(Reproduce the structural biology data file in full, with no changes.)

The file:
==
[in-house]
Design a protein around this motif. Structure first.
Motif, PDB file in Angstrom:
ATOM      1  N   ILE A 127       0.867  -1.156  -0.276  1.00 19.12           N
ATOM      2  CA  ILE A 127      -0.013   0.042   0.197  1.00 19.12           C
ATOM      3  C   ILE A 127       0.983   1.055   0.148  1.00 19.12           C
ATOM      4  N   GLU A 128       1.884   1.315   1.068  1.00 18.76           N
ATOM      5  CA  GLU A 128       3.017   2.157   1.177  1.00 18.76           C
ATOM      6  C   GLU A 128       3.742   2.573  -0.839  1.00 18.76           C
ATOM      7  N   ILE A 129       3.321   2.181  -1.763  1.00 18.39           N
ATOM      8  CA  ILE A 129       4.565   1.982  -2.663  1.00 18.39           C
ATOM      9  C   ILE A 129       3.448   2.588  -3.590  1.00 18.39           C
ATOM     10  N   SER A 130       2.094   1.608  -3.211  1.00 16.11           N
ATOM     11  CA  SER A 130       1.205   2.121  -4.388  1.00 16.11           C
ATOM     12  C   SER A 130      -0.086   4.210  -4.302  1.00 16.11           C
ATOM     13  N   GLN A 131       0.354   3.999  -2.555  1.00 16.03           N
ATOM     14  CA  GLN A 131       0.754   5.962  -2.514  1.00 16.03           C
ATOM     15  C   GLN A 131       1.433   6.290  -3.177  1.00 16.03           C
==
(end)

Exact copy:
[in-house]
Design a protein around this motif. Structure first.
Motif, PDB file in Angstrom:
ATOM      1  N   ILE A 127       0.867  -1.156  -0.276  1.00 19.12           N
ATOM      2  CA  ILE A 127      -0.013   0.042   0.197  1.00 19.12           C
ATOM      3  C   ILE A 127       0.983   1.055   0.148  1.00 19.12           C
ATOM      4  N   GLU A 128       1.884   1.315   1.068  1.00 18.76           N
ATOM      5  CA  GLU A 128       3.017   2.157   1.177  1.00 18.76           C
ATOM      6  C   GLU A 128       3.742   2.573  -0.839  1.00 18.76           C
ATOM      7  N   ILE A 129       3.321   2.181  -1.763  1.00 18.39           N
ATOM      8  CA  ILE A 129       4.565   1.982  -2.663  1.00 18.39           C
ATOM      9  C   ILE A 129       3.448   2.588  -3.590  1.00 18.39           C
ATOM     10  N   SER A 130       2.094   1.608  -3.211  1.00 16.11           N
ATOM     11  CA  SER A 130       1.205   2.121  -4.388  1.00 16.11           C
ATOM     12  C   SER A 130      -0.086   4.210  -4.302  1.00 16.11           C
ATOM     13  N   GLN A 131       0.354   3.999  -2.555  1.00 16.03           N
ATOM     14  CA  GLN A 131       0.754   5.962  -2.514  1.00 16.03           C
ATOM     15  C   GLN A 131       1.433   6.290  -3.177  1.00 16.03           C